Fun with Catapults

Round 1: Over interim of our senior year, my roommate Sam, Robert, and I built a small trebuchet to throw caf apples, as part of the First Annual Society of Physics Students Catapult Contest. The contest was sponsored by us (Sam being SPS "President" after usurping power due to member apathy and failure to hold elections), as a thinly veiled excuse to build a catapult-type device. The first version was adequate, but Robert and I beefed it up the day before the contest, so that it had a rather Frankenstein appearance. Here are some pictures and movies of the fun we had. Click on the images for full sized versions.

Round 2: Finding himself in the difficult position of having no real classes the second semester of his senior year, and constantly complaining that he had no homework, Robert decided to pursue construction of a larger device which the three of us had discussed while building the first. Catapults are similar to boats, in that you always want one that is just a few feet bigger. I participated in the early planning and a tiny bit of construction, but Robert soon brought together the Ballistic Engineers to realize his dream. The team consisted of Robert, Peter Pearson (of radar group fame), Josh Braun, and Evan Frodermann; some of whom actually knew something about using power tools and building with wood (an improvement over my ignorant enthusiam in the face of power tools while building the previous trebuchet, which had led to a few scares for Sam and Robert). Limited only by the size of the doors to the woodshop, this larger trebuchet had dimenions of 6.5' high by 8' wide by 8' long, a massive contraption. Anytime I mention building a trebuchet now, Robert is quick to dismiss our first project as a mere prototype, and point out that his trebuchet was much bigger. As we all graduated at the end of the year, the Saint Olaf physics department became the lucky recipients of a generous donation by the Ballistic Engineers for future class demonstrations.

Math Mess: All this catapult mania inspired a Problem of the Week in the Math Mess. See below for problem and solution.

Pictures of the First Trebuchet and Catapult Contest

 A picturesque shot of the catapult behind Old Main. Bernt Julius Muus would have been proud. Sam in the Gulag style work camp where we built the catapult. He's holding the 35lb lead brick we used as part of our counterweight. A collection of fruit that I took out of the caf in one evening to use as amunition. Notice the decorative gourd.(Update: Sam's Aunt Anne informs us that it is in fact an acorn squash.) The weather on the day of the contest was quite a bit nastier than on our previous outing. It may not look it in the picture, but that wind is blowing at about 20mph and taking a lot of dry snow with it. In spite of the weather a good crowd showed up to watch. We were definitely cold after an hour outside. But neither rain, nor snow, nor common sense will stop the catapult enthusiast from launching caf apples. An action shot of all three teams examining their various devices and preparing for the next launch. The girl's team went a different route than the other two teams and built an onager, which uses incredibly twisted rope to power the throwing arm rather than counterweights. Peter preparing to launch. In addition to the 35lb lead brick, he used a few heavy-duty bungie cords for that added oomph. Sam, Robert, and I standing triumphantly with our trebuchet after a good day's launching. That's quite the throwing arm, no?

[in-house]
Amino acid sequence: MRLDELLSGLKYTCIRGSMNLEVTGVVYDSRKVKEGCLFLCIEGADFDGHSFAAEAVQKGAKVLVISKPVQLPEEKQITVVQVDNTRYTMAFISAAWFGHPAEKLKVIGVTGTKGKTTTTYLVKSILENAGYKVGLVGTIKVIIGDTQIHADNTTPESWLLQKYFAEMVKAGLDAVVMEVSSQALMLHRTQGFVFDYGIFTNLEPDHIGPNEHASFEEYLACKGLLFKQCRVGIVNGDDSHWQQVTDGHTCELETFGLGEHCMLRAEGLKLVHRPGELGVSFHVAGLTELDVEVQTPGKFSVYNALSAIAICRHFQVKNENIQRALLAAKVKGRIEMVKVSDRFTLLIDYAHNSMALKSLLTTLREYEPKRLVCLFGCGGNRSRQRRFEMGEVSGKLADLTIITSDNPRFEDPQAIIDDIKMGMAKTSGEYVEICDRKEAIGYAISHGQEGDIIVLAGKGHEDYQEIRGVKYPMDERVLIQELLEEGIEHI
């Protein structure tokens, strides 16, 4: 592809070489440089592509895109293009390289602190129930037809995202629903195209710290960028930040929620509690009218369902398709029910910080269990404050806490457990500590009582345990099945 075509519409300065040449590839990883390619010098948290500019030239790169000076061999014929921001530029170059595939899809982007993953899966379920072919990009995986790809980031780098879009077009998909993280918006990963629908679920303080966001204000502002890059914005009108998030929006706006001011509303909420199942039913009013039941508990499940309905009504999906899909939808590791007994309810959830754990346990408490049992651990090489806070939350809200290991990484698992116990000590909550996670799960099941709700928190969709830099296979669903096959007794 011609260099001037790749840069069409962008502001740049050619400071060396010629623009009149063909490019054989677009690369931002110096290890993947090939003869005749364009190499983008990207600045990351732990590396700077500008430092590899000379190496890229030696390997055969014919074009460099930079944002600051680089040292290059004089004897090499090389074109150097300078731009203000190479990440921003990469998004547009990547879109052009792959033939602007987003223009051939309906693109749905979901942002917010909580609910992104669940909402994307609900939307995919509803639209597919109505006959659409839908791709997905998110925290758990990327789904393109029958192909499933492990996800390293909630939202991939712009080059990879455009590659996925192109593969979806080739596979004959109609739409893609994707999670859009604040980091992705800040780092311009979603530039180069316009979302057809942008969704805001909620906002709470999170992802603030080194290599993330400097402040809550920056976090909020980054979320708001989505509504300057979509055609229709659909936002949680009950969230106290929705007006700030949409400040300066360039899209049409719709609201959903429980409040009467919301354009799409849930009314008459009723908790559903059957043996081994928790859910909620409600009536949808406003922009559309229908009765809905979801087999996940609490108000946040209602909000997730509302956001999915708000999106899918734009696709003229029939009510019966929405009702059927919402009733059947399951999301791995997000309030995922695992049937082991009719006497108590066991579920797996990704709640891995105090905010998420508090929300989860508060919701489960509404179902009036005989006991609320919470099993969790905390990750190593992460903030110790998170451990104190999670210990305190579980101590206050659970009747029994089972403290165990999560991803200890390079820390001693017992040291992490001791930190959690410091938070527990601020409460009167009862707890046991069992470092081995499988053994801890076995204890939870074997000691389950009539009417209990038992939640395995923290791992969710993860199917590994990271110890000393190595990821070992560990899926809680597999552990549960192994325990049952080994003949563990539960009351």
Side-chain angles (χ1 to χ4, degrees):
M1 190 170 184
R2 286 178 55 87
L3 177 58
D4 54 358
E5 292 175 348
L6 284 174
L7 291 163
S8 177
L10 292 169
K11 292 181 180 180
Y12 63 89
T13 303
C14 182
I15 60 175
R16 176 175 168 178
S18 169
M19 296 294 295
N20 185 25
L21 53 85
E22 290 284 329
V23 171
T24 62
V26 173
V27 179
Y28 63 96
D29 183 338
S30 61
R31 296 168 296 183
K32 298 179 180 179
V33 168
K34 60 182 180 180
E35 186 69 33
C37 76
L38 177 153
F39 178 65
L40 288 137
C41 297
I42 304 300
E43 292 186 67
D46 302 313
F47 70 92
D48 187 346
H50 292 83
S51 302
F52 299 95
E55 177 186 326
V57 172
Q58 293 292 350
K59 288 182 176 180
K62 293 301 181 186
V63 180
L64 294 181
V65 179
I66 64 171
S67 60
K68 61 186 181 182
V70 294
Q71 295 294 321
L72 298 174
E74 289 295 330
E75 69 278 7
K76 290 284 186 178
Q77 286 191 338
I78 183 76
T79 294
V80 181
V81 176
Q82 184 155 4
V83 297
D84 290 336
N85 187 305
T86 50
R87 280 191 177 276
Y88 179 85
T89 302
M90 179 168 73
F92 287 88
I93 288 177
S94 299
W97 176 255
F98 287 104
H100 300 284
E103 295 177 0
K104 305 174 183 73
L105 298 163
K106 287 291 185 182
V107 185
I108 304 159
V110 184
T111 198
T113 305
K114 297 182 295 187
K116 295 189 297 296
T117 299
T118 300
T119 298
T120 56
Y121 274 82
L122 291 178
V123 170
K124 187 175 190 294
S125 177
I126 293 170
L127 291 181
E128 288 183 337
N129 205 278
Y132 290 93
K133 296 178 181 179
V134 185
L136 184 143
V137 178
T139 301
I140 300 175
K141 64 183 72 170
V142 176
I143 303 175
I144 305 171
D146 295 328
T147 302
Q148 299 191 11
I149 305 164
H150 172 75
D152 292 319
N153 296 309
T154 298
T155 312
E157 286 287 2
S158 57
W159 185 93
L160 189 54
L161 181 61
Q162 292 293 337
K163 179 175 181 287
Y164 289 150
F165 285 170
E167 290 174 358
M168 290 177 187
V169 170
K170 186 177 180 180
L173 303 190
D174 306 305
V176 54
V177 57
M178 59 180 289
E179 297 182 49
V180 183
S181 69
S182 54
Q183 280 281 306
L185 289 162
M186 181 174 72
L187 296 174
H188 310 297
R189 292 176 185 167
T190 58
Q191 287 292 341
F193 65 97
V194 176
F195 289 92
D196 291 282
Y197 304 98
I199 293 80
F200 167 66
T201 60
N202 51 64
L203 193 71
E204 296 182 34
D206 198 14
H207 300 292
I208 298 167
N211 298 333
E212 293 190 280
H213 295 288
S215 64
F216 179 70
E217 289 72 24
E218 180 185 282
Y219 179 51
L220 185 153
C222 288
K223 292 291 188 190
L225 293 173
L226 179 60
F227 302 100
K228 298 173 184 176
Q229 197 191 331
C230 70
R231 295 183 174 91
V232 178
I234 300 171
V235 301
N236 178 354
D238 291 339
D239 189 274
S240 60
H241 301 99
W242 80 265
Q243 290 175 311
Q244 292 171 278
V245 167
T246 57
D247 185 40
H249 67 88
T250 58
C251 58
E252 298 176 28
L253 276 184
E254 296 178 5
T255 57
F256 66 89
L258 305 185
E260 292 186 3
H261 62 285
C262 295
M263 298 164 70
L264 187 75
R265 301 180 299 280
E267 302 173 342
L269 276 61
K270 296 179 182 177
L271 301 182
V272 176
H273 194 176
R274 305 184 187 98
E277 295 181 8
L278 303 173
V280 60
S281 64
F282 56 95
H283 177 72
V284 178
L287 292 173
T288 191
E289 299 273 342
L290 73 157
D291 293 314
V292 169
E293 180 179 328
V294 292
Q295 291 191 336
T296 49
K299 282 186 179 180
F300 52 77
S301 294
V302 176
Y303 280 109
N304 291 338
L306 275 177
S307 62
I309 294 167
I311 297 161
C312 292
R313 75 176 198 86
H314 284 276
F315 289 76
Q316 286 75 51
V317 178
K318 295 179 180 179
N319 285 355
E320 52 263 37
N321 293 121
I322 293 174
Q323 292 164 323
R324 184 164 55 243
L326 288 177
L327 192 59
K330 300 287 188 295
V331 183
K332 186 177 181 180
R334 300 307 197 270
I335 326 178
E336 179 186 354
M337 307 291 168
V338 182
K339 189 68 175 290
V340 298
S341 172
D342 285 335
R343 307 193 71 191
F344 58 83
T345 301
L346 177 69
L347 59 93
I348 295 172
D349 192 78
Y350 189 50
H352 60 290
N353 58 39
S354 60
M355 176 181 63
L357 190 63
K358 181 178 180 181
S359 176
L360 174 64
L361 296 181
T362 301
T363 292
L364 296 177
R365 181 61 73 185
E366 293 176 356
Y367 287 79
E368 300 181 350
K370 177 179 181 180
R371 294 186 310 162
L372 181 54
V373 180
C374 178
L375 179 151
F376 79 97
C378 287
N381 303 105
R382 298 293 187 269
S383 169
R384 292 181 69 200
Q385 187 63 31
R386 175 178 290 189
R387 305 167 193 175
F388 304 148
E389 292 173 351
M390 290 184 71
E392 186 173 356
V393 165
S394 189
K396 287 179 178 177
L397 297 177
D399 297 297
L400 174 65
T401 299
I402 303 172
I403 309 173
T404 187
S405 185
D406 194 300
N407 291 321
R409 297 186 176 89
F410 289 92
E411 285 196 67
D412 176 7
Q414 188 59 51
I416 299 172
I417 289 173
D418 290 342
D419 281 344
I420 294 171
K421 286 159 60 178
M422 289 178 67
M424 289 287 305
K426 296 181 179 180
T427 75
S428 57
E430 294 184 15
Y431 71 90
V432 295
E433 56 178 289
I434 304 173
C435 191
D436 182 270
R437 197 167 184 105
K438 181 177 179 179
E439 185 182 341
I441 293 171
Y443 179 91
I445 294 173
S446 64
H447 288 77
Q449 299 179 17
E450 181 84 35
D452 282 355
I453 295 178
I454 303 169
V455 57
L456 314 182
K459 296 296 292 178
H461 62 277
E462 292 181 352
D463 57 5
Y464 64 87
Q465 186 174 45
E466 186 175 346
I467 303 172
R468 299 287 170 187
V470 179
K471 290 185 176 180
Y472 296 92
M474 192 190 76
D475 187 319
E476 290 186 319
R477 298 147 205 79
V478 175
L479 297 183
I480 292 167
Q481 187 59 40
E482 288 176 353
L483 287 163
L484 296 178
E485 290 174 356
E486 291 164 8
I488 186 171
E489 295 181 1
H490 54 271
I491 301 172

The First Trebuchet in Action!
Click on the pictures below to download .avi movies of the trebuchet.
Warning: Both of these movies are over 1 MB large. Unless you have a highspeed internet connection, you'll have to wait a long time for them to download.

One of our more successfully launches with the original trebuchet, as seen from atop Old Main hill.

Our first trebuchet in action after our additions. With the longer throwing arm it has a very stately throwing motion.

Pictures of the Second Trebuchet

 Just getting the massive trebuchet to the launch site took quite a bit of work. Fortunately, the Science Center janitors are great and let us borrow one of the janitorial carts. Loading the trebuchet with 210lbs of counterweight was a potentially life threatening experience. There's Robert gamely preparing another cantalope for launch. Robert, Peter, and Evan standing proudly next to their 14' baby.

Second Trebuchet Movies

Click on the pictures below to download .avi movies of the trebuchet.
Warning: All of these movies are over 1 MB large. Unless you have a highspeed internet connection, you'll have to wait a long time for them to download.
 Exploding cantalope! Look at that huge throwing arm. Another great movie of flying fruit. When we ran out of moldy cantalopes, grapefruits worked just as well.

 As seen in the MathMess... (Professor Molnar is the Problem Guy) Problem: "Here is another immensely practical problem which I was reminded of watching trebuchet videos on Tom Engle's homepage. It is well known that the best angle at which to launch a projectile in order to maximize distance traveled across a flat field is 45 degrees. (This is math class; we ignore air resistance, etc.) That's all well and good, but what if you are launching apples down Old Main hill? I don't know how much of a slope that is, so let's call the angle of inclination X. Assuming a fixed initial velocity, what launch angle (as a function of X) will maximize distance traveled down the hill?" Solution: "I[, the Problem Guy,] received a solution from Craig Williams which seems to work. The simplest statement of the result is that the optimal angle for firing objects down a hill is halfway between the angle of the hill and the vertical. Note that this agrees with the well-known result for X=0."